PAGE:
43. All that truly matters in the end is that you loved.

44. Envy is a waste of time. You already have all you need.

45. The best is yet to come.

46. No matter how you feel, get up, dress up and show up.

47. Take a deep breath. It calms the mind.

48. If you don't ask, you don't get.

49. Yield.

50. Life isn't tied with a bow, but it's still a gift.

 Now it's up to me to make sure I remember these tips, incorporate them into my daily life, and learn and grow from them.

Tuesday, June 2, 2009

Now would be a good time to issue a statement.

Dr. Tiller was murdered by an anti-abortion zealot. Soon thereafter, the President issued this statement:

Office of the Press Secretary

FOR IMMEDIATE RELEASE                  May 31, 2009


I am shocked and outraged by the murder of Dr. George Tiller as he attended church services this morning.  However profound our differences as Americans over difficult issues such as abortion, they cannot be resolved by heinous acts of violence.

On Monday, Pvt. William Long and Pvt. Quinton Ezeagwula were shot by another religious zealot outside of a recruiting center. As of today, there is no statement from the White House. While I understand the President cannot be expected to respond to every public act of violence, the shooting of two servicemen on American soil by a Muslim fanatic certainly deserves the public claim of shock and outrage.

I'm waiting, Mr. President.

Hello, it's my past calling.

I got a call yesterday from my old boss. Yep, the guy that laid Ric and I both off last October. (If you are expecting a tirade about how horrible he is, you're going to be disappointed. We worked in commercial escrow and title, so it was hardly a surprise that we got laid off. Business slowed to a crawl and the manager had to lay people off. It happens. And after five years of working with him, he really struggled with actually letting us go.)

Anyway, so he called yesterday needing some help on a project that I first worked on six years ago. And as nice as it was that he thought about me for the job, my response was that I am satisfied where I am working now, my job is a perfect match for me, and I couldn't be happier. And it felt really good to hear those words from my lips and know that I meant them.

And on a side note, he was genuinely happy for me and for Ric. He is a great person, he was a very good manager, and I hope things turn out as well for him as they continue to turn out for me.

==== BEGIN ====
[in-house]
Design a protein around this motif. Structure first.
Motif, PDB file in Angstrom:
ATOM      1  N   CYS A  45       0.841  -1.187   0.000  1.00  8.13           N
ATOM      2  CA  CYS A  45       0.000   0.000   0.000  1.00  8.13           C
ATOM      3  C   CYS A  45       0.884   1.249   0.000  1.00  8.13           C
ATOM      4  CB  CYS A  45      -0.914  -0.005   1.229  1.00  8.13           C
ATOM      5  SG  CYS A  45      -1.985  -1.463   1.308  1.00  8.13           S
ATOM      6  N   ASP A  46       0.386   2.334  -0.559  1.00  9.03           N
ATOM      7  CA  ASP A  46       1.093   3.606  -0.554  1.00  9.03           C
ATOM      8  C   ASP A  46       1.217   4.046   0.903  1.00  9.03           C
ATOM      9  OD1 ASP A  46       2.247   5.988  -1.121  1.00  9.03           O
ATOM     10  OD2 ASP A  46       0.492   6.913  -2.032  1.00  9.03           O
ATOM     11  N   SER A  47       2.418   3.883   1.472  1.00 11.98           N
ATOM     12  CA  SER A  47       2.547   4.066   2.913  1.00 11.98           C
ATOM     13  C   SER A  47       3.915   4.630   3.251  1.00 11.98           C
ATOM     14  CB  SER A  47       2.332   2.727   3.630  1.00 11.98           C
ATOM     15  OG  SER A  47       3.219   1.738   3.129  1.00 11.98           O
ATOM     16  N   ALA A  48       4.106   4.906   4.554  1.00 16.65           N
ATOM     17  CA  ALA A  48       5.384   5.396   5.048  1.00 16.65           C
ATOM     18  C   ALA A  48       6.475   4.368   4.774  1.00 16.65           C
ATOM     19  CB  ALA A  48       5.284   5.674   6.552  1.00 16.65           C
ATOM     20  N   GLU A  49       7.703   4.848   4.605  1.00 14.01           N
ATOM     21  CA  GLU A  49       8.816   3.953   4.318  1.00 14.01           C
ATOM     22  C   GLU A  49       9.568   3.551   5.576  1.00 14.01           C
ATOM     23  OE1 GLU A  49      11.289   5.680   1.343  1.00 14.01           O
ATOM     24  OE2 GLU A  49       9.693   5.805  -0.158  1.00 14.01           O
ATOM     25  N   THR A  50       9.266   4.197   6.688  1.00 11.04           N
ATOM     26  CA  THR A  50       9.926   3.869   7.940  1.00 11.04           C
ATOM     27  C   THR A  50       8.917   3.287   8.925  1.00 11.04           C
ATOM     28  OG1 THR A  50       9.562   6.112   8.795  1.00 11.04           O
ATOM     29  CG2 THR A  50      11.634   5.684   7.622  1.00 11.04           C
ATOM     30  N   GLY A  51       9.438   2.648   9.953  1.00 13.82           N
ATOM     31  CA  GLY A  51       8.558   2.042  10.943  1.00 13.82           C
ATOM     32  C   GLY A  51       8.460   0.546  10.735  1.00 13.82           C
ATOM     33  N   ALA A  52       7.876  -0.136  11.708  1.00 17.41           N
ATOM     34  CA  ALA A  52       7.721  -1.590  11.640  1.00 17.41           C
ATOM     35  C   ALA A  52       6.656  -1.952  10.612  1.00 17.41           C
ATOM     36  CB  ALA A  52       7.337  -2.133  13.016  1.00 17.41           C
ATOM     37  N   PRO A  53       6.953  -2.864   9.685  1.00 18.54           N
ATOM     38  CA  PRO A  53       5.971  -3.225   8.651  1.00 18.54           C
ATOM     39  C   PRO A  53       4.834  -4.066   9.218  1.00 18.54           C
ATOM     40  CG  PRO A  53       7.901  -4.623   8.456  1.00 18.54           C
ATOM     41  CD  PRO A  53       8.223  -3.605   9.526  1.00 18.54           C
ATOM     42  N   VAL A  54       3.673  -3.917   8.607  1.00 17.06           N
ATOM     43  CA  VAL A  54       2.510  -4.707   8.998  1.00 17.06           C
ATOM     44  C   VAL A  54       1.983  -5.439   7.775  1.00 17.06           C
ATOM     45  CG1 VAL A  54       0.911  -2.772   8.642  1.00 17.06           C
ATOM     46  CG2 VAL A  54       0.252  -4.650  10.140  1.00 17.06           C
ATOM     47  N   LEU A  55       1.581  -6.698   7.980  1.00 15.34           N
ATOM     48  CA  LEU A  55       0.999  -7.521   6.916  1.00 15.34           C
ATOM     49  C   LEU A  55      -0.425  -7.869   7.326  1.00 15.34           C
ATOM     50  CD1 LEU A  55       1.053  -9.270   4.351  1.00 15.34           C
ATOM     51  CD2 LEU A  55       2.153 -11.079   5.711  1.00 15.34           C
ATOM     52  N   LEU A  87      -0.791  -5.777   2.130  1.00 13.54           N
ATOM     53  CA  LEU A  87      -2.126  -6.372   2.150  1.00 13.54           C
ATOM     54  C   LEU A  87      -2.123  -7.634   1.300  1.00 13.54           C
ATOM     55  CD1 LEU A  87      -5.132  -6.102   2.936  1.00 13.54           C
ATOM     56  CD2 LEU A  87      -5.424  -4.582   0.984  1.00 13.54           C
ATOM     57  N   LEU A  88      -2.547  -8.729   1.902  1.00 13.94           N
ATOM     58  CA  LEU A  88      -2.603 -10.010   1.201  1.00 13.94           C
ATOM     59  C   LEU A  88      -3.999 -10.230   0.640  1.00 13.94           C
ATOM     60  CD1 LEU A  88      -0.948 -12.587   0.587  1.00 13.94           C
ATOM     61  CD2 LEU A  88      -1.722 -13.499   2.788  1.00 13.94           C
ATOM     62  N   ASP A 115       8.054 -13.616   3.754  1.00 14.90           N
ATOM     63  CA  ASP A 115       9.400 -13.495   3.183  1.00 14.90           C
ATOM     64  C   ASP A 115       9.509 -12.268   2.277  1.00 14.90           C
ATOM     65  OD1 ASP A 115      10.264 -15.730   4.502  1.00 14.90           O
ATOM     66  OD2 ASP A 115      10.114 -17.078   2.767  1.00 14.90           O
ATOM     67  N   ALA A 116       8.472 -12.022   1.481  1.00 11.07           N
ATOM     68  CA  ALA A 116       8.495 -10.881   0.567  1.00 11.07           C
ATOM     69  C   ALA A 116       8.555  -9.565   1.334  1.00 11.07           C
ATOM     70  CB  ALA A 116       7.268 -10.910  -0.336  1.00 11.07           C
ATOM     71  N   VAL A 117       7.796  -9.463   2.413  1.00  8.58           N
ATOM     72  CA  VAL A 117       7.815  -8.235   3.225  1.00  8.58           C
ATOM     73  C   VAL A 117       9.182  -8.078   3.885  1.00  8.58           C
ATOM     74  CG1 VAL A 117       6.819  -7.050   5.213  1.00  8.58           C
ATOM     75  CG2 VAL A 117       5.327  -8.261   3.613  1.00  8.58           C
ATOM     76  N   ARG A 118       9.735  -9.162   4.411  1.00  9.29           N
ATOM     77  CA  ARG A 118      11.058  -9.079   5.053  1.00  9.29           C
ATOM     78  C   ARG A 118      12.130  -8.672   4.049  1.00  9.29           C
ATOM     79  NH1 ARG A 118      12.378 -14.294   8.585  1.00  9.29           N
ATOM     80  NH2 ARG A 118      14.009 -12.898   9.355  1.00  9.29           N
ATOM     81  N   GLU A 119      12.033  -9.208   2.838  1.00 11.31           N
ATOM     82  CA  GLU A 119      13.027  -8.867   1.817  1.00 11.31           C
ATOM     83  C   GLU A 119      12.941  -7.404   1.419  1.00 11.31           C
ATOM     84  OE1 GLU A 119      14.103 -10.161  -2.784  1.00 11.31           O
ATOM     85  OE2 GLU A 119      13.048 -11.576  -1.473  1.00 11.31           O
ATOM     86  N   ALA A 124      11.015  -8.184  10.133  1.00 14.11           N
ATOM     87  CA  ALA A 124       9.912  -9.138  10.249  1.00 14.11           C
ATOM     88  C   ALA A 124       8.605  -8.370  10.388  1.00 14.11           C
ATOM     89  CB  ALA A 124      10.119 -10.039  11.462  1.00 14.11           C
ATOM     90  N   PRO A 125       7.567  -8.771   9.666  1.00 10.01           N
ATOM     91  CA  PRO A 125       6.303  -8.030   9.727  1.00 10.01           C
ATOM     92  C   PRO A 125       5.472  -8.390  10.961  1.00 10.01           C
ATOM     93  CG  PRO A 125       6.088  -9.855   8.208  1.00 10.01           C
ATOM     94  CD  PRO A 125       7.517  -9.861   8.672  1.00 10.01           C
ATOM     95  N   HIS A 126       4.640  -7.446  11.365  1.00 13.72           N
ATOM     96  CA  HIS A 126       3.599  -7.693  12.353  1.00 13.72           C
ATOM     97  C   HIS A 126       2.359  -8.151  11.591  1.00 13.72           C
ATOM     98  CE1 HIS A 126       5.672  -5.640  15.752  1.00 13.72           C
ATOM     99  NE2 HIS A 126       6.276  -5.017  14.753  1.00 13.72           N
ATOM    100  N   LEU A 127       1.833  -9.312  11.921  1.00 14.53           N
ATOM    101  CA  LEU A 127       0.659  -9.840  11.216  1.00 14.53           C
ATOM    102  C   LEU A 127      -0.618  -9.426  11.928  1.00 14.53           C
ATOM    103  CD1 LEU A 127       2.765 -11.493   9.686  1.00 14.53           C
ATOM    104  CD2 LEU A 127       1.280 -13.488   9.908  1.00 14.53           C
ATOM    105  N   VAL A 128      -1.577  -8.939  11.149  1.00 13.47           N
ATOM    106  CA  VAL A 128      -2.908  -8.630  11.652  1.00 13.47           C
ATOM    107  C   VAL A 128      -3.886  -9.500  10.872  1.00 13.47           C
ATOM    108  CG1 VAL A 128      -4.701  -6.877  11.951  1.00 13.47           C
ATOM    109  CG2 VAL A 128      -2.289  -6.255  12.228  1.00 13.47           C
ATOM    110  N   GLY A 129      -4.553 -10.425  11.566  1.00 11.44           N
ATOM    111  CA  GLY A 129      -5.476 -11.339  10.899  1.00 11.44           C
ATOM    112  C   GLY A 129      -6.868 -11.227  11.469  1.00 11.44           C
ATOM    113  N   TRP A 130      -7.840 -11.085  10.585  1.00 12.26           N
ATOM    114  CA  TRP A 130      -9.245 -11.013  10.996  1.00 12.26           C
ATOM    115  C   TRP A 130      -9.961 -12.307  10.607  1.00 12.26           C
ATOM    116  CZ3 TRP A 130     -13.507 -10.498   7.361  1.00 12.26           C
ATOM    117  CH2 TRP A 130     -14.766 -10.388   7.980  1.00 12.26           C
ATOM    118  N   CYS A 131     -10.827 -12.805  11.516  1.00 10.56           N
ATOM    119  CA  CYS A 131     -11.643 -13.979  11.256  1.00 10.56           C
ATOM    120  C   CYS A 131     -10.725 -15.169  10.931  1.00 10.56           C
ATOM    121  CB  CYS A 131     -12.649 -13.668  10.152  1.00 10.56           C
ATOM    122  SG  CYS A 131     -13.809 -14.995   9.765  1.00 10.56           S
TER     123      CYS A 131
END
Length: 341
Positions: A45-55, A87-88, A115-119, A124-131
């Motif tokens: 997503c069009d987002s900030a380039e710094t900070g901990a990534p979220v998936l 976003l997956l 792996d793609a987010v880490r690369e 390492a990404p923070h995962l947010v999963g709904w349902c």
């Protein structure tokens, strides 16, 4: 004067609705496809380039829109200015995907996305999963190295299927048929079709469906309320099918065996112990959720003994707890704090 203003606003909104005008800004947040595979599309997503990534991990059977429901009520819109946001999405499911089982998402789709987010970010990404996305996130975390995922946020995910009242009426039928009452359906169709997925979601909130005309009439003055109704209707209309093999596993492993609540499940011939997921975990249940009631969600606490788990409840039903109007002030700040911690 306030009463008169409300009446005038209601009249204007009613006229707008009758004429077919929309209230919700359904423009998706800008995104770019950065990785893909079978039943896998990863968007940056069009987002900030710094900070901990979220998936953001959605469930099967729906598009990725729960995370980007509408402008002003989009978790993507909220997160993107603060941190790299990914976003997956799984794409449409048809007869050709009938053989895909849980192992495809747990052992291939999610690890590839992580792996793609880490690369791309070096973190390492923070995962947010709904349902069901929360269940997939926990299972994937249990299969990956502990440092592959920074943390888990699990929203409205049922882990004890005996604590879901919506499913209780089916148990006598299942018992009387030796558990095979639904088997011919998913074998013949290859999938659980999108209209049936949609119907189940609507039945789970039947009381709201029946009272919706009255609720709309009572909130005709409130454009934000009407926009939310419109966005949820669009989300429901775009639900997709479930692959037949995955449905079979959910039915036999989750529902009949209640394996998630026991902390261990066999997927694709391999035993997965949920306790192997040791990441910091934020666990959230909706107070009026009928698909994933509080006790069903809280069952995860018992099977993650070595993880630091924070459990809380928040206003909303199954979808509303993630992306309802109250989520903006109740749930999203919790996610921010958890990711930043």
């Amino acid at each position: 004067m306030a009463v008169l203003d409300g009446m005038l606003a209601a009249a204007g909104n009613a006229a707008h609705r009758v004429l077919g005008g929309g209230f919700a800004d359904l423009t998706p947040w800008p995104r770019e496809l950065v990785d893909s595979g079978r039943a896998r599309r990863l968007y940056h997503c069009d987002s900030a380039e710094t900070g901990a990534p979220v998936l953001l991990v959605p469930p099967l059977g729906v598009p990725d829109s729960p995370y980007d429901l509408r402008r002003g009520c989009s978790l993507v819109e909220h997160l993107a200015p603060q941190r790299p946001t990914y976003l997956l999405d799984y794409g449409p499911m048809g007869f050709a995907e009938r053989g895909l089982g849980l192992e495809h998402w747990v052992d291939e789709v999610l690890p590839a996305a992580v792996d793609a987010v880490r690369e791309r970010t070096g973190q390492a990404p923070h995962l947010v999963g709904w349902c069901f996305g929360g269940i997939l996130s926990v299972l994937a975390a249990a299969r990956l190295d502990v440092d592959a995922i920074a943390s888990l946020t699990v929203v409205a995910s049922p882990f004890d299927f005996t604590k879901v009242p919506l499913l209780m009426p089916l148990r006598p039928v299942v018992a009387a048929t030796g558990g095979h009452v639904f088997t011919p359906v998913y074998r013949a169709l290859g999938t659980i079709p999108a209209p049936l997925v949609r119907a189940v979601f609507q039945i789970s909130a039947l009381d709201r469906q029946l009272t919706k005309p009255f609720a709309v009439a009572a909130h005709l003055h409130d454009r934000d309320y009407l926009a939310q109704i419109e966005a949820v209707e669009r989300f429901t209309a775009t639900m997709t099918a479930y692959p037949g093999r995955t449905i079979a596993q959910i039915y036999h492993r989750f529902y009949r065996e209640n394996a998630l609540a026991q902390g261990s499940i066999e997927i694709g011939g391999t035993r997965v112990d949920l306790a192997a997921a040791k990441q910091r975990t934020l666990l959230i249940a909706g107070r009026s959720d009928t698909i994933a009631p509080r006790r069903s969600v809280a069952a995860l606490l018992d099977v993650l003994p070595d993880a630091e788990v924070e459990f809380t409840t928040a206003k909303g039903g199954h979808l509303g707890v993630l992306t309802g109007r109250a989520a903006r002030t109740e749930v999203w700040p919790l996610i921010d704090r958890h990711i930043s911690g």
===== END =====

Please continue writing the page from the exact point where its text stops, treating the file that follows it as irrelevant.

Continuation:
Today's the day.

Today is my follow-up appointment with my doctor, part two of my annual physical. It was several weeks ago that I went for my first visit, weighed in at 220, and felt like a complete sloth. So today is the day that I weigh in again, can look my doctor in the eye, and say, "yes, I am on my way to a healthier life."

Monday, June 1, 2009

Flirting with Fifty

And the changes just keep coming. Out with "Falling into Fifty," since that is still a ways off and I am not falling, yet. In with "Flirting with Fifty," since I am close enough to it to do that.


I woke up this morning, right on time. I even beat the alarm. I got up at 5:00am and was ready to start my day with a trip to the gym. Then Ric whispered to me - "good morning" - and suddenly the gym was not the most important thing. I crawled back into bed and enjoyed the quiet morning with my husband. In the hours before dawn, when the world was still and it was just me and him, I found strength the gym just can't provide. There is something so wonderful about stealing time with the one you love, unexpected moments together that feel magical. When that choice is before you, choose wisely. I did.

And more from a busy Monday

Just a quick note to remind myself - busy people get stuff done. I've had a few days where I felt rather listless and non-productive. Today, however, is not one of them. If anything, I am so busy today that the "to do list" items just keep getting knocked down like dominos.

Note to self: Get busy, stay busy, and get things done.